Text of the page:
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Jets offense goes nowhere in loss to Seahawks

Jets quarterback Mark Sanchez looks to pass during

Jets quarterback Mark Sanchez looks to pass during a game against the Seattle Seahawks during the second half. (Nov. 11, 2012) Photo Credit: AP

SEATTLE -- Rex Ryan's glassy, red-rimmed eyes had nothing to do with the frigid air.

Once again, the Jets' coach couldn't escape the embarrassment and frustration that followed another gut-wrenching defeat Sunday. Two weeks of preparation had produced zero offensive touchdowns and raised even more questions about the state of his team and his starting quarterback.

After a week of providing playoff guarantees, the Jets found a way to systematically sink their season.

For much of the way, they were right there, just close enough to pull off an upset in the most hostile of environments. But rookie Russell Wilson's 31-yard touchdown strike to Sidney Rice with 13:33 left was the dagger in a 28-7 defeat.

Some might argue the true dagger was Mark Sanchez's sack-fumble on the ensuing Jets drive. Or was it the 23-yard pass from wide receiver Golden Tate to a wide-open Rice in the end zone with 7:59 left?

Take your pick. It doesn't matter. All that matters is that the Jets wasted a sterling first-half performance by their defense and are 3-6.

But even in the midst of abject failure, Ryan and his players kept muttering the same refrain: "Believe." The Jets refused to concede their season is a wash, remaining unified in their conviction that it can be saved.

Without hesitation, guard Matt Slauson said the Jets "absolutely" can make the playoffs. "We have given ourselves a tough road,'' he said, "but it's definitely possible."

Even Antonio Cromartie, who was first to issue the ill-advised playoff guarantee last week, maintained he is "still confident" that the Jets will make the postseason.

Sanchez was schooled by his rookie counterpart in front of his college coach, Pete Carroll. But even after playing one of his worst games at the worst time, Sanchez remained optimistic.

"I know we can do it," said Sanchez (9-for-22, 124 yards, one interception). "I have seen our guys do it. It just has to turn, and it starts with me."

He's right. As he goes, the Jets go. That's why it's not surprising that their defense succumbed to fatigue late in the game. The unit carried Sanchez and his 22.0 quarterback rating in the first half, sacking Wilson four times -- twice on back-to-back plays, resulting in Mike DeVito's strip-sack and forced fumble that was recovered and run in 21 yards for a touchdown by Muhammad Wilkerson. But the overworked defense eventually ran out of steam.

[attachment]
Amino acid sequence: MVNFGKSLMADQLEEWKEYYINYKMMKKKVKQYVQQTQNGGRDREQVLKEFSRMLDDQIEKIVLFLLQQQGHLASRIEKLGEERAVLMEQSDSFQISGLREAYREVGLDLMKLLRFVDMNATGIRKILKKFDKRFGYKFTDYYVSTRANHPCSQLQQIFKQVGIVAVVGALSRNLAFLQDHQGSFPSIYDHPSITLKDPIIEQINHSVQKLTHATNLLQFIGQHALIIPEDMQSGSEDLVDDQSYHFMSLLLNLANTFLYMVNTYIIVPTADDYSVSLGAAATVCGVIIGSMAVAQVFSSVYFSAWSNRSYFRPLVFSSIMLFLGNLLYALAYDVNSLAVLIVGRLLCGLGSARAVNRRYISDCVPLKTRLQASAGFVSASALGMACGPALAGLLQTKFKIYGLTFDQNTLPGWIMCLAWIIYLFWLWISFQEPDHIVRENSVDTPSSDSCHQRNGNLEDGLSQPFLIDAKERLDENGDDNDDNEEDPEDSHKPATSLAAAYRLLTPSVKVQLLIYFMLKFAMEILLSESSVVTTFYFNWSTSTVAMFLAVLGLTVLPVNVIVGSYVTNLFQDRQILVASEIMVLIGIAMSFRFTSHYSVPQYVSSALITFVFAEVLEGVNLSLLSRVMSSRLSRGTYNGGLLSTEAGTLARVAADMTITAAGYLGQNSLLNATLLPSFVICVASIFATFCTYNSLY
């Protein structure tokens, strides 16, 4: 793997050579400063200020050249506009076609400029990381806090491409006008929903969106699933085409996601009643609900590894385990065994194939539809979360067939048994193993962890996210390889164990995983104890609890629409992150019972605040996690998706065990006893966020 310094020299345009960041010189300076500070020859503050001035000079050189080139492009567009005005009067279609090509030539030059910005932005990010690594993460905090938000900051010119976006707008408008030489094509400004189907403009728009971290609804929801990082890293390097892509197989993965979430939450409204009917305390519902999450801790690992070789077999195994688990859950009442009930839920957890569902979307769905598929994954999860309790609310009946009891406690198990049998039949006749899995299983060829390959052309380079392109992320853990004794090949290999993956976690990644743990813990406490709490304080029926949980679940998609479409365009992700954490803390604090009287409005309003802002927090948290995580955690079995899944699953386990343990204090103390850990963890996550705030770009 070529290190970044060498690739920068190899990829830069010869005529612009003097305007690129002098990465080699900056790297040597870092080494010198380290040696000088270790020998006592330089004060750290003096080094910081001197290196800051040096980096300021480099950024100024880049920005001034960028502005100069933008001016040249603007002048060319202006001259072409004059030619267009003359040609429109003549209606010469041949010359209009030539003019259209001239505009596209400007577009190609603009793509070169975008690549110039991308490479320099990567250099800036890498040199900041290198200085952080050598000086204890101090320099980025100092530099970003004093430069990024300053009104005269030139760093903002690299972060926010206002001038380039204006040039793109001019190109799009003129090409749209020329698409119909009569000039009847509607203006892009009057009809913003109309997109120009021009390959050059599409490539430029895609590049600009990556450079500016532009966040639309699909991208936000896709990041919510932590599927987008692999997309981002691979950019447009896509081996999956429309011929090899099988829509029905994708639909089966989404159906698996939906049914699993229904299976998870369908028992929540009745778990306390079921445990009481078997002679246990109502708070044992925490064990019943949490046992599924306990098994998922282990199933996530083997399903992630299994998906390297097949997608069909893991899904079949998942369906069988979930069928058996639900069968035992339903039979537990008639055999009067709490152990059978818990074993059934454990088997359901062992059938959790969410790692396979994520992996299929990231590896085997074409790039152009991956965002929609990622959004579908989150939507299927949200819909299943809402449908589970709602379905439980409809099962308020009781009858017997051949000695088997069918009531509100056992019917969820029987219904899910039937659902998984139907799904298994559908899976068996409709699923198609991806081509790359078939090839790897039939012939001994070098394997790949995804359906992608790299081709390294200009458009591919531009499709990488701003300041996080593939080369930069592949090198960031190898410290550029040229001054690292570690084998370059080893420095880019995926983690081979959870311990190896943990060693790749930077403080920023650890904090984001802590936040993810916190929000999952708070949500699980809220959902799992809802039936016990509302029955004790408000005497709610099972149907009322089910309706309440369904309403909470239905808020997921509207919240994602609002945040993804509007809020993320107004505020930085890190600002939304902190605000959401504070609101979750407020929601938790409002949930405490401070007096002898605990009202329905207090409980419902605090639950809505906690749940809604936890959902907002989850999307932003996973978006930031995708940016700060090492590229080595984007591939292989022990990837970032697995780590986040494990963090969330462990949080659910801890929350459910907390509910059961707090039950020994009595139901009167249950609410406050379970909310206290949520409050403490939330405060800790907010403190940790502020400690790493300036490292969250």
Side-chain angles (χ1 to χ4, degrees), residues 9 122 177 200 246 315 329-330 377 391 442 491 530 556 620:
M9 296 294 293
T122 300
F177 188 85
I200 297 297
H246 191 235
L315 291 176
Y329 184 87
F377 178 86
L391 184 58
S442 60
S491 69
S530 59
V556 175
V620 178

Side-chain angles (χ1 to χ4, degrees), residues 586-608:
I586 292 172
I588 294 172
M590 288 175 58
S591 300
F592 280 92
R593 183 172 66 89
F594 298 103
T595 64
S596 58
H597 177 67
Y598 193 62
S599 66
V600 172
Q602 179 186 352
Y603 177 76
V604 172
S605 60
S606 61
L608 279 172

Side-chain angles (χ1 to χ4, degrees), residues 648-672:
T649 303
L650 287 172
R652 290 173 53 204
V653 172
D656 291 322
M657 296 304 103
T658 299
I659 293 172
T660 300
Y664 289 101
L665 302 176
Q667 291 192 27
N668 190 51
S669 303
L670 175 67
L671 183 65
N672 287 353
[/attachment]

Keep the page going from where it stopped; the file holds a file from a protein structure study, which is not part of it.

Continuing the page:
And while Sanchez seemed to unravel under the pressure of the blitz-happy Seahawks, Wilson consistently scrambled free and found the open man. He went 12-for-19 for 188 yards and a 131.0 quarterback rating.

The Seahawks' dreaded "12th Man" wasn't as much of a factor as Sanchez's poor decision-making. But Ryan said he's sticking with his starter. When questioned repeatedly about making a quarterback change, he fired back: "Because I believe we can win with Mark and I believe that we can win with [Tim] Tebow, but I'm not going to let you or anyone else convince me otherwise. Because this is how I feel.''

With the score tied at 7 early in the second quarter, Sanchez threw a 43-yard pass to a wide-open Jeremy Kerley, putting the Jets at the 7-yard line. Back-to-back runs by Shonn Greene moved them to the 1, and Tony Sparano opted to go with Tebow at quarterback. But the Jets' momentum was thwarted when Dustin Keller was flagged for his second false start of the game.

Tebow exited as the Jets retreated to the 6, and Sanchez promptly threw his fourth red-zone interception of the season. He was trying to hit Keller near the right front pylon, but cornerback Richard Sherman jumped the route, intercepted and stepped out of bounds at the 3.

Like Ryan, Cromartie defended Sanchez.

"At the end of the day, we don't give a damn about what anybody on the outside has to say,'' the cornerback said. "Mark is our quarterback and he's going to continue to be our quarterback. There's not going to be no division, talking about who needs to be at quarterback.

"Mark is our quarterback and he's our only quarterback.''

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